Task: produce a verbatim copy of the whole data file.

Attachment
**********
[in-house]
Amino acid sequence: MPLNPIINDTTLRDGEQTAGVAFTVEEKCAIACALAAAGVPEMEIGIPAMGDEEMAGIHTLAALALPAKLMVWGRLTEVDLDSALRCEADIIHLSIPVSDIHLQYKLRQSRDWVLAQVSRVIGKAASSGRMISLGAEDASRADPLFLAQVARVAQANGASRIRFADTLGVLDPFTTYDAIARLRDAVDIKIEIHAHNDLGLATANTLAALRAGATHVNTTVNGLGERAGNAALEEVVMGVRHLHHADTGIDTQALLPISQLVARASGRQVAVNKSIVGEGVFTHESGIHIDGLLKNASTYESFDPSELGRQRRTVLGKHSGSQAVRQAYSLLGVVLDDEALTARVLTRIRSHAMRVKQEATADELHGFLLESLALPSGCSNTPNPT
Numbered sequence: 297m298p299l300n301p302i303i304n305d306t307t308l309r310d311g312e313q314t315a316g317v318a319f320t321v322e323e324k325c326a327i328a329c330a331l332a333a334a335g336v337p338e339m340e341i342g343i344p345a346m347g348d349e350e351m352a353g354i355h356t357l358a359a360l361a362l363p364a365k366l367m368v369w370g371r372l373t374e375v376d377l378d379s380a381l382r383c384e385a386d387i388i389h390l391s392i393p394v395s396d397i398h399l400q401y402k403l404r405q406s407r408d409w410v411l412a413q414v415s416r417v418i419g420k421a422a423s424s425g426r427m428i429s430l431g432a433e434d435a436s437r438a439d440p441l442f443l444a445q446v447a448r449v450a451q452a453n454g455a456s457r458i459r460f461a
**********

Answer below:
[in-house]
Amino acid sequence: MPLNPIINDTTLRDGEQTAGVAFTVEEKCAIACALAAAGVPEMEIGIPAMGDEEMAGIHTLAALALPAKLMVWGRLTEVDLDSALRCEADIIHLSIPVSDIHLQYKLRQSRDWVLAQVSRVIGKAASSGRMISLGAEDASRADPLFLAQVARVAQANGASRIRFADTLGVLDPFTTYDAIARLRDAVDIKIEIHAHNDLGLATANTLAALRAGATHVNTTVNGLGERAGNAALEEVVMGVRHLHHADTGIDTQALLPISQLVARASGRQVAVNKSIVGEGVFTHESGIHIDGLLKNASTYESFDPSELGRQRRTVLGKHSGSQAVRQAYSLLGVVLDDEALTARVLTRIRSHAMRVKQEATADELHGFLLESLALPSGCSNTPNPT
Numbered sequence: 297m298p299l300n301p302i303i304n305d306t307t308l309r310d311g312e313q314t315a316g317v318a319f320t321v322e323e324k325c326a327i328a329c330a331l332a333a334a335g336v337p338e339m340e341i342g343i344p345a346m347g348d349e350e351m352a353g354i355h356t357l358a359a360l361a362l363p364a365k366l367m368v369w370g371r372l373t374e375v376d377l378d379s380a381l382r383c384e385a386d387i388i389h390l391s392i393p394v395s396d397i398h399l400q401y402k403l404r405q406s407r408d409w410v411l412a413q414v415s416r417v418i419g420k421a422a423s424s425g426r427m428i429s430l431g432a433e434d435a436s437r438a439d440p441l442f443l444a445q446v447a448r449v450a451q452a453n454g455a456s457r458i459r460f461a